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"I can't tell whether or not there's going to be a Singularity. I don't really believe the rapture of the nerds stereotype..."
- Charles Stross

Antiholo Generator  
  Dispels intrusive hologram advertisements.  

What do you do when advertisements are holograms projected right next to you?

"I just thought you might be interested in what I'm selling."

"You know, you could be replaced by an illusion," Vaffa said.

"What are you selling that couldn't be hawked by a holo?" Lilo asked.

"An antiholo generator," he said.

It was a small bracelet, stamped with a number to call for repairs. They were leased, not sold, like a computer terminal. They came in a range of prices and models. Some merely held the holos at arm's length. Most Plutonians thought this was enough. If you couldn't see the ads, how would you know what was fashionable?

The man showed no surprise when Lilo and Vaffa took the heavy-duty Annihilator model.

From The Ophiuchi Hotline, by John Varley.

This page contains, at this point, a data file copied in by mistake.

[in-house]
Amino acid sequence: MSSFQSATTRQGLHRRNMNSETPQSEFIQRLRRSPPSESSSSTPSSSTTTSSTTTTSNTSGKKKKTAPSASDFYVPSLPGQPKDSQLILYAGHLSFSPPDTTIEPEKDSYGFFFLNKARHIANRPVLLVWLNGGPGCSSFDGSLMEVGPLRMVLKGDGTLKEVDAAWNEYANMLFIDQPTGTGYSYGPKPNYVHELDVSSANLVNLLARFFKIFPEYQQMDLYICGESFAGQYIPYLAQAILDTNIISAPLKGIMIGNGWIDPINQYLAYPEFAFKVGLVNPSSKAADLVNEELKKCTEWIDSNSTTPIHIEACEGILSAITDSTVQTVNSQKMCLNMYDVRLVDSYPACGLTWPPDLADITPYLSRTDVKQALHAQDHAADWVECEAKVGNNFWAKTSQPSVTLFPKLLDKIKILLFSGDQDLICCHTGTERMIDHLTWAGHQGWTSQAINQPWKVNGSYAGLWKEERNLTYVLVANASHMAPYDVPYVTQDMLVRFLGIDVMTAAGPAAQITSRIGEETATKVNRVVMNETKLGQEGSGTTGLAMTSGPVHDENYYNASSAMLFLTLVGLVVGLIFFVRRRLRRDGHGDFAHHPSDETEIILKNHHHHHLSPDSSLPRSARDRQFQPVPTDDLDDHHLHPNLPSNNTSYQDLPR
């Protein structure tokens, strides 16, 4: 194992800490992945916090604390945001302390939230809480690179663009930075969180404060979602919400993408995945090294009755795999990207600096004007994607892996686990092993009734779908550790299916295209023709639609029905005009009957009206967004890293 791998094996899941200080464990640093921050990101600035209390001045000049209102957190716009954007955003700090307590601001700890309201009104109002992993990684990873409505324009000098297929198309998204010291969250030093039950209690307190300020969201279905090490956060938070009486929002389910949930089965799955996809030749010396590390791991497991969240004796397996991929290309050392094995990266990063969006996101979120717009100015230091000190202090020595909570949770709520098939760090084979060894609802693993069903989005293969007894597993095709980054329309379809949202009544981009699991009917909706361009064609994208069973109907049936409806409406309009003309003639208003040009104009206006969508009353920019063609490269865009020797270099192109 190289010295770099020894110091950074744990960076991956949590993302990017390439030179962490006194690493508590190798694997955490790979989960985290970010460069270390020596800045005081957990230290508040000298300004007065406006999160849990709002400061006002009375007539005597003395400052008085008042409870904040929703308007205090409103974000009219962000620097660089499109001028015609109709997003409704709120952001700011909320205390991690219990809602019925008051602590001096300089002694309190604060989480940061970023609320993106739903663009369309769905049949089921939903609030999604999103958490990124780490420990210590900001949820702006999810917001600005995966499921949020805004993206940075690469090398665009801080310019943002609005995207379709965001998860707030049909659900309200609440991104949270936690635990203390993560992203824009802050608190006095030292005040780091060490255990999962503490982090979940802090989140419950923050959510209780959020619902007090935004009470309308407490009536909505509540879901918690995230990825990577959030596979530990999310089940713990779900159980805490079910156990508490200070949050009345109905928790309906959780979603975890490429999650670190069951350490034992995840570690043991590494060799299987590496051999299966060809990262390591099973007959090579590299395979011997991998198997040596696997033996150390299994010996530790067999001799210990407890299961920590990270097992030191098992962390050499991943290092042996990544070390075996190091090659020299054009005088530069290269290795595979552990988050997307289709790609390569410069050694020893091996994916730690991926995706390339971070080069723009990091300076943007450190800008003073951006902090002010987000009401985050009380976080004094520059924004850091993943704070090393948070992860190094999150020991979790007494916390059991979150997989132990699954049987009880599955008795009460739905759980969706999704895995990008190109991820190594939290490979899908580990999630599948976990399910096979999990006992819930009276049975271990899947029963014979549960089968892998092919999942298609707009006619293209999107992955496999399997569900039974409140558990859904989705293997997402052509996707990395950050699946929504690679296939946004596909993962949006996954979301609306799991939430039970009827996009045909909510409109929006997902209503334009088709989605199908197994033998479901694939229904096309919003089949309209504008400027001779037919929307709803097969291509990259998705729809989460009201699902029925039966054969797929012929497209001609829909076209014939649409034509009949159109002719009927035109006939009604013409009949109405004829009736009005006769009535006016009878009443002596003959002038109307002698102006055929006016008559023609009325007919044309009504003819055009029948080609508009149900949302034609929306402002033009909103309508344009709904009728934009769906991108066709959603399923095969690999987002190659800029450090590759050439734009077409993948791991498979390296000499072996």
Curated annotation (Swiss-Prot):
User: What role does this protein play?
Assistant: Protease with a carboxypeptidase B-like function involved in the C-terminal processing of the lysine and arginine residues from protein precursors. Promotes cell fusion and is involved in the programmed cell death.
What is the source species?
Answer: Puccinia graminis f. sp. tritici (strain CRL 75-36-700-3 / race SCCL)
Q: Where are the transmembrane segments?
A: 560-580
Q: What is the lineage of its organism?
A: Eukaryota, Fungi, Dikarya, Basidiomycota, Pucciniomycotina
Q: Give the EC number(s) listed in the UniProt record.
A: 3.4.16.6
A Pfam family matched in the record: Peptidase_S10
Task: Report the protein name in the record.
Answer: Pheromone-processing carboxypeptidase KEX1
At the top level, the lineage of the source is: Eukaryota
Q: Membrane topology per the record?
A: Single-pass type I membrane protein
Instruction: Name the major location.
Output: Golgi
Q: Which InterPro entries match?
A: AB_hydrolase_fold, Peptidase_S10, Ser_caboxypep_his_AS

Published by Quantum Science Fiction in 1977
Additional resources -

Compare to the Pocket-Sized Ad-Blocker from Alan Dean Foster's 2006 book Sagramanda.

The hologram advertisement idea was also used elsewhere; see the Visual Ad from Sales Pitch (1954) and Projection Commercials from The Computer Connection (1974) by Alfred Bester.

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Additional resources:
  More Ideas and Technology from The Ophiuchi Hotline
  More Ideas and Technology by John Varley
  Tech news articles related to The Ophiuchi Hotline
  Tech news articles related to works by John Varley

Antiholo Generator-related news articles:
  - Brand Killer Helmet Blocks Real-Life Ads
  - IRL Glasses Block Screens, Limit Vision To Real Life

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